Tuesday, April 16, 2013
Monday, April 08, 2013
- Blog about a work for brass ensemble that you like that we did not listen to or discuss in class. If you would nominate it for a "landmark work" explain why.
- Find a mediocre performance of a brass ensemble work on YouTube and then write a "virtual coaching" post. Be sure to provide positive feedback as well as constructive criticism.
- Compare a brass ensemble arrangement to the original work. Compare two recordings of the same arrangement.
- Discuss your experiences organizing a brass ensemble tour and share what you learned on the tour.
- Compare and contrast two pieces from the same time period, country, or composer.
- Write a review of a book or journal article related to brass ensemble literature, performing, or a related musical issue.
- Share what you know about composers who have written for brass ensemble for a particular region of the world.
- Get inspired by read each other's blog posts and create a post of your own on a similar topic.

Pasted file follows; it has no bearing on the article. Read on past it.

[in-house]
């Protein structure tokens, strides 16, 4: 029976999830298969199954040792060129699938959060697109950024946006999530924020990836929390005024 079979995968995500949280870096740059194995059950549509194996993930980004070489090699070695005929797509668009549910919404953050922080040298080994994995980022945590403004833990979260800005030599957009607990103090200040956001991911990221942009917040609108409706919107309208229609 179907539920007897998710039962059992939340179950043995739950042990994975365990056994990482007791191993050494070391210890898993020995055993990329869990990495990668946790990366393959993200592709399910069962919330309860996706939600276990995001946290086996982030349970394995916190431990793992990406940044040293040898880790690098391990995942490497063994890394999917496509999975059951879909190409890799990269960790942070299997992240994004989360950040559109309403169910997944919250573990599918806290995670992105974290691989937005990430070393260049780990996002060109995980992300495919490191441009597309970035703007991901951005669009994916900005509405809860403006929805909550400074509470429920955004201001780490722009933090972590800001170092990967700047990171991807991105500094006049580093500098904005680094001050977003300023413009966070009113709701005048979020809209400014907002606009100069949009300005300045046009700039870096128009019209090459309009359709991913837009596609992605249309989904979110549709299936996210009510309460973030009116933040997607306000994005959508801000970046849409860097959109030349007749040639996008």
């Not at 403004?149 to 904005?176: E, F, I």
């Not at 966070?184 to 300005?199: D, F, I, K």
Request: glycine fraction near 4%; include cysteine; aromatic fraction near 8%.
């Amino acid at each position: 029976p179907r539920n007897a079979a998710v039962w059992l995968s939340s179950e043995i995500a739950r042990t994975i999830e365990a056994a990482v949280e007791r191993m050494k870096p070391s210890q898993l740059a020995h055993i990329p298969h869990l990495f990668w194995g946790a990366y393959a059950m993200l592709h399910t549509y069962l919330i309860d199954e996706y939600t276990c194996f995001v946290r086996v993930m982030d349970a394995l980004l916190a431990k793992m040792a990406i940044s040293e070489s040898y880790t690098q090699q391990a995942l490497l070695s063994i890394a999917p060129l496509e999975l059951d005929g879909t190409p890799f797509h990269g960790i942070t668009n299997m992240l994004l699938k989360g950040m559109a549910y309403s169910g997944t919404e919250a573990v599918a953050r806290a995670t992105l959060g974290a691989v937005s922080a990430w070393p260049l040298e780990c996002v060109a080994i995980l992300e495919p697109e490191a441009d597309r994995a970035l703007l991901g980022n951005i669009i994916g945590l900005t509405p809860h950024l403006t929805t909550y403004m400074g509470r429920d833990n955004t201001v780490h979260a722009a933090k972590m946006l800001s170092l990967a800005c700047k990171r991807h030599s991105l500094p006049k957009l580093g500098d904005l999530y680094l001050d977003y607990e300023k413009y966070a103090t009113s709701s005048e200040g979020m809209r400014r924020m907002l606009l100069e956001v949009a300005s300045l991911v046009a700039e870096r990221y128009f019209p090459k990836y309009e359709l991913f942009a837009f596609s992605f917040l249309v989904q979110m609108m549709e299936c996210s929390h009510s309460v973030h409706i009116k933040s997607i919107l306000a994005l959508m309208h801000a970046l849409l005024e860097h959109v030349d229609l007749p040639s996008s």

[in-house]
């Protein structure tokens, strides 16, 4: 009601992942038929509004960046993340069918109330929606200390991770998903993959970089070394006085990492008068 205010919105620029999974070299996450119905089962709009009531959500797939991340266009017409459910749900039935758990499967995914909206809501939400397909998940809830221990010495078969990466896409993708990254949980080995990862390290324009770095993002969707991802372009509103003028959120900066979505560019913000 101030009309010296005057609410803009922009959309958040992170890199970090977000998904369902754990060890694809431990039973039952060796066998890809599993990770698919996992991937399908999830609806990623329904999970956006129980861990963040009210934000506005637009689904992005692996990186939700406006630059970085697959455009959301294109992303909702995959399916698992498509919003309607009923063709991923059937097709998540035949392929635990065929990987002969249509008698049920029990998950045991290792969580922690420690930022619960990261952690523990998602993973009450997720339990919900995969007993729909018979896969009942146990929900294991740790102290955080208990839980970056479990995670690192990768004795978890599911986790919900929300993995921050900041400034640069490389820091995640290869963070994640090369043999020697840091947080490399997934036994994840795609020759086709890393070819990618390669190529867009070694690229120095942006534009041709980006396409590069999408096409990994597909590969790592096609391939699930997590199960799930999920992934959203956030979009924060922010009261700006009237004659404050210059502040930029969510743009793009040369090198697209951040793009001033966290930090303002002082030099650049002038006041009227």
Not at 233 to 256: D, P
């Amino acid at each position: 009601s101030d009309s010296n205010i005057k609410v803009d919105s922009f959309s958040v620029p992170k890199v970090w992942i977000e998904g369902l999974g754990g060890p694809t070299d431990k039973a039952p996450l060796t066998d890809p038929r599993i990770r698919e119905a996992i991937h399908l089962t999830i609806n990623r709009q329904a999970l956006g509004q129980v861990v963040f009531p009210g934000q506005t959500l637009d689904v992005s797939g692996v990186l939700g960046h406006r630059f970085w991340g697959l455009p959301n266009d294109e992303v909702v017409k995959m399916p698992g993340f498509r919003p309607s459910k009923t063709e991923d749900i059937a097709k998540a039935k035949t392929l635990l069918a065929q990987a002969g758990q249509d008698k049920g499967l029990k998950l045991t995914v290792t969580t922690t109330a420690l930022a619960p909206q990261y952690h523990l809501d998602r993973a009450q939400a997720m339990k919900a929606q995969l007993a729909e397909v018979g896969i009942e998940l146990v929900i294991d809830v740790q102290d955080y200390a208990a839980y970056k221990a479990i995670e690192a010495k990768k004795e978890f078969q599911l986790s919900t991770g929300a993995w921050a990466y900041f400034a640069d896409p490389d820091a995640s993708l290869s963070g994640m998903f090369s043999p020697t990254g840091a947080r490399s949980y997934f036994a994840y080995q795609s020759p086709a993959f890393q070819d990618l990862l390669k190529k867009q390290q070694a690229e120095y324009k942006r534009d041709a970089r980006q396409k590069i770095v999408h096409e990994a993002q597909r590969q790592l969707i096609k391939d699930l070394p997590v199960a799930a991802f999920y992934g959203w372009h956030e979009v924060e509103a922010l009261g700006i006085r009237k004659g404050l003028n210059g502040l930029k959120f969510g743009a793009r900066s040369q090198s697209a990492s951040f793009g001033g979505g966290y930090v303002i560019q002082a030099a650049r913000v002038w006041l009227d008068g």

- Give us a preview of your upcoming listening presentation.
- Read some of the older posts on ABEL Central and write a post inspired by a class form a previous year.
Wednesday, March 13, 2013
|Elliott Carter (1908-2012)|
1. What is the affect of this music? (How does it make you feel?)
2. How did the Carter create that affect?
3. What measure do you think would be the most difficult to perform and why?
4. Should this piece be studied in future ABEL classes as a landmark work? why/why not?
5. Compare and contrast this to Davison's Brass Quintet, also written in 1974. Davison studied with Walter Piston, Howard Hanson and Alan Hovaness. Who where Carter's influences and how do you think that lead to his own style?
To learn more about Carter, visit his Boosey and Hawkes page to view an excellent video on his early years here. Here are links with more information about the composer John Davison and the Chestnut Brass Quintet.
Monday, March 04, 2013
Two of my colleagues in the Atlantic Brass Quintet recently recorded the complete Ewald Brass Quintets with Mark Gould, Dave Taylor, and Chris Komer. Here's a peek...
Tuesday, January 29, 2013
David Byrne, of Talking Heads fame and St. Vincent have teamed up and created a very unique pop album called Love This Giant that is centered around a brass band. The writing is very unique, and not at all like your typical rock horn section writing. It is minimalist in nature and the counterpoint and instrumentation is very complicated. Here is a clip from their recent appearance on David Letterman. Wikipedia has a link listing the personnel for the original recording.